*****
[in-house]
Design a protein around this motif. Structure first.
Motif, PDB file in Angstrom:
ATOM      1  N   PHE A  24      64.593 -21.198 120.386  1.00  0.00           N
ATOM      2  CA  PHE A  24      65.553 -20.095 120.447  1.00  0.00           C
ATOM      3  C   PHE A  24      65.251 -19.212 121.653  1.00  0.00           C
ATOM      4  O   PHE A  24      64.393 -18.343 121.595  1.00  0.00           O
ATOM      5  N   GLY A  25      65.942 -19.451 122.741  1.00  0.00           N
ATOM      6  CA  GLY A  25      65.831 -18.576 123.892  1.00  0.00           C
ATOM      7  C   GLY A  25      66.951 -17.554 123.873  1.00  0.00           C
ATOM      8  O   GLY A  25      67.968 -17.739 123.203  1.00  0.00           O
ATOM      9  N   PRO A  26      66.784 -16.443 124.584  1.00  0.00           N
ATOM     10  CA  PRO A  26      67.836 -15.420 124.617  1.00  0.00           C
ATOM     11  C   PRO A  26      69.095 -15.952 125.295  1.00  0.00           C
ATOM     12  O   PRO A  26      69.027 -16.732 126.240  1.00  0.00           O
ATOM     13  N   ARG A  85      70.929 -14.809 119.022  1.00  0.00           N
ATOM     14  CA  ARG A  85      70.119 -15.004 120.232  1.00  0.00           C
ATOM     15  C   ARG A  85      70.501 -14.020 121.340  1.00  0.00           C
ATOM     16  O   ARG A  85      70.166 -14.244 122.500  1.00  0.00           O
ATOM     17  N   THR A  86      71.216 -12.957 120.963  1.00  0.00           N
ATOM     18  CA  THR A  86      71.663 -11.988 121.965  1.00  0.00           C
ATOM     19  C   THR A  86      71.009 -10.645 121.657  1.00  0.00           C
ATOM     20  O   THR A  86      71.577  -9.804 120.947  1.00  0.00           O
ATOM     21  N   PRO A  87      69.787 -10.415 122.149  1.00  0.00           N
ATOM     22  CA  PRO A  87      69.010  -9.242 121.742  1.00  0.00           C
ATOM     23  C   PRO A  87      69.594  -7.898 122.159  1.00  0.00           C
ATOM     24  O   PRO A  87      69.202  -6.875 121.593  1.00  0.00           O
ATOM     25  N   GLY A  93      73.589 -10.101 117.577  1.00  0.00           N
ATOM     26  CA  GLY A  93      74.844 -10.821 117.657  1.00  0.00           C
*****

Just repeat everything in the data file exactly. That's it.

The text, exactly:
[in-house]
Design a protein around this motif. Structure first.
Motif, PDB file in Angstrom:
ATOM      1  N   PHE A  24      64.593 -21.198 120.386  1.00  0.00           N
ATOM      2  CA  PHE A  24      65.553 -20.095 120.447  1.00  0.00           C
ATOM      3  C   PHE A  24      65.251 -19.212 121.653  1.00  0.00           C
ATOM      4  O   PHE A  24      64.393 -18.343 121.595  1.00  0.00           O
ATOM      5  N   GLY A  25      65.942 -19.451 122.741  1.00  0.00           N
ATOM      6  CA  GLY A  25      65.831 -18.576 123.892  1.00  0.00           C
ATOM      7  C   GLY A  25      66.951 -17.554 123.873  1.00  0.00           C
ATOM      8  O   GLY A  25      67.968 -17.739 123.203  1.00  0.00           O
ATOM      9  N   PRO A  26      66.784 -16.443 124.584  1.00  0.00           N
ATOM     10  CA  PRO A  26      67.836 -15.420 124.617  1.00  0.00           C
ATOM     11  C   PRO A  26      69.095 -15.952 125.295  1.00  0.00           C
ATOM     12  O   PRO A  26      69.027 -16.732 126.240  1.00  0.00           O
ATOM     13  N   ARG A  85      70.929 -14.809 119.022  1.00  0.00           N
ATOM     14  CA  ARG A  85      70.119 -15.004 120.232  1.00  0.00           C
ATOM     15  C   ARG A  85      70.501 -14.020 121.340  1.00  0.00           C
ATOM     16  O   ARG A  85      70.166 -14.244 122.500  1.00  0.00           O
ATOM     17  N   THR A  86      71.216 -12.957 120.963  1.00  0.00           N
ATOM     18  CA  THR A  86      71.663 -11.988 121.965  1.00  0.00           C
ATOM     19  C   THR A  86      71.009 -10.645 121.657  1.00  0.00           C
ATOM     20  O   THR A  86      71.577  -9.804 120.947  1.00  0.00           O
ATOM     21  N   PRO A  87      69.787 -10.415 122.149  1.00  0.00           N
ATOM     22  CA  PRO A  87      69.010  -9.242 121.742  1.00  0.00           C
ATOM     23  C   PRO A  87      69.594  -7.898 122.159  1.00  0.00           C
ATOM     24  O   PRO A  87      69.202  -6.875 121.593  1.00  0.00           O
ATOM     25  N   GLY A  93      73.589 -10.101 117.577  1.00  0.00           N
ATOM     26  CA  GLY A  93      74.844 -10.821 117.657  1.00  0.00           C